Promotional art for Nintendo's new virtual console. The new Nintendo console, the Wii, is purported to grant online access to a virtual library of games that appeared on the previous systems. Video game blog Kotaku posted this a week or so ago and I think it does a good job illustrating the idea, in the zany way that the Japanese often illustrate ideas. This also closely approximates how I like to imagine things like my iPod, with the potential line-up of stars mixing and mingling before they get chosen to perform next.

Because I'm nerdy about these things, I'd like to point out some of the various bygone video game heroes and villains appearing.

Starting at the top-left corner:
  • Kirby, perplexingly dressed like a gladiator and holding a whip
  • King Hippo from Punch-Out!!
  • One of the little baddies from Balloon Fight
  • Spike McFang (I think)
  • The re-styled Donkey Kong
  • The Golden Pyramid from Wario Land 4
  • Firebrand the Gargoyle
  • Pit, the hero of the Kid Icarus games
  • Pokey, the generic cactus enemy from the Mario games
  • Popo and Nana, the Ice Climbers
  • The Windfish's egg, from Link's Awakening
  • Birdo, sitting on top of the egg
  • ProtoMan, from MegaMan
  • Princess Peach, being apparently kidnapped by ProtoMan
  • Pac-Man Jr. and Blinky, standing behind a gate or something
  • Some weird version of Pac-Man with a hat, a phallic nose, Mario's flying raccoon tail and a cluster of Boos chasing him
  • Bonk, flying a fighter jet
  • A trail of Bloobers
  • Mappy, the mouse cop
  • The Kiwi hero from New Zealand Story
  • The doctor character from Legend of the Mystical Ninja, which I don't think I ever actually played
  • A Cheep-Cheep
  • Princess Tomato
  • Wart, the bad guy from Super Mario Bros. 2
  • Professtor Hector from Gyromite
  • Dr. Wily
  • R.O.B., the Robotic Operating Buddy
  • Some guy that looks like Fox McCloud but probably isn't
  • Mog the Moogle
  • Gannon (pig-version)
  • Master Higgins from the Adventure Island games
  • Triclyde, the three-headed snake from Super Mario Bros. 2
  • Nack the Weasel (a.k.a. Fang the Sniper)
  • The dog that laughs at you when you fail to shoot accurately in Duck Hunt
  • A Bob-Omb (in the hand of some unfamiliar blue bird)
  • Lakitu
  • Luigi, holding a stack of "blocks" from Puyo Puyo
  • The red convertible from Out Run
  • Arthur from Ghouls and Ghosts
  • Kaepora Gaebora
  • Mr. Game and Watch
  • Lolo and Lala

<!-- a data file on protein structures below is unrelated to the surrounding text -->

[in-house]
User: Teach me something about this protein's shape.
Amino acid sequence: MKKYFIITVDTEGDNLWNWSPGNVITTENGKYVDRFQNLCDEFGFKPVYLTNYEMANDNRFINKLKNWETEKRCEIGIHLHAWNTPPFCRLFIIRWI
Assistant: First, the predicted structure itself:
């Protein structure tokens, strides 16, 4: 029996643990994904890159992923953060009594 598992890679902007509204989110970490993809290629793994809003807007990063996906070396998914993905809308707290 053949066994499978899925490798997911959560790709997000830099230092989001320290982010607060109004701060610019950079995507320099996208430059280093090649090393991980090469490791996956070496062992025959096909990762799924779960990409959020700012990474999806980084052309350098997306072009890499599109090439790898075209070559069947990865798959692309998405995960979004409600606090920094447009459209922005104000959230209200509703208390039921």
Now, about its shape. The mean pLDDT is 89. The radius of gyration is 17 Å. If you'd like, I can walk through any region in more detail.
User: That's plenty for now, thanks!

• Diskun (a.k.a. Mr. Disk)
  • Bub from Bubble Bobble
  • Mouser from Super Mario Bros. 2
  • Bomberman
  • A Bullet Bill
  • A Piranha Plant
  • A Goomba, for some reason encased in a bubble
  • One of those Mega Man hard hat-wearing things, the name of which escapes me at the moment
  • Cut Man, from the first Mega Man
  • On Cut Man's fist, a Flicky from the Sonic games
  • Clyde, the yellow Pac-Man ghost
  • Two Dragon Quest slimes, emerging from the red Super Mario Bros. 2 door
  • The Angry Sun from Super Mario Bros. 3
  • The Hammer Bros.
  • The Snow Bros.
  • Morton Koopa Jr., weilding a sword for some reason
  • Beat, the little robot bird carrying the red orb thing
And with that, I'm effectively geeked out.

EDIT: I did a little bit of further research and found out the image is actually not official. It's by a British artist named Keith Webb. Cool, anyway.

Friday, August 11, 2006

The Owls Go

Vintage, whereabouts unknown. Cool though.

Thursday, August 10, 2006

Panic Sonata

Here's one that Flickr user Life as Art posted. I found it by searching Flickr with the tag "awkward" and viewing the results in order of interestingness.

Wednesday, August 9, 2006

As Sovereign as England or Ireland

Rounding out this little blogasm, I figured I might as well mention that at as a sequel to Knapp’s Castle, the four of us drove to the Firestone Brewery and stopped on the way at Ostrich Land. I been there once before — almost a year ago, according to the corresponding blog post — and loved the place, if only to gawk at the weird, rude birds that lived there.

Nothing has changed.

Please note the giant drool string hanging from the beak of the below emu.

I can't help but recall the three flapper ostriches from Chuck E. Cheese's. And, of course, the MySpace menagerie has once again been updated.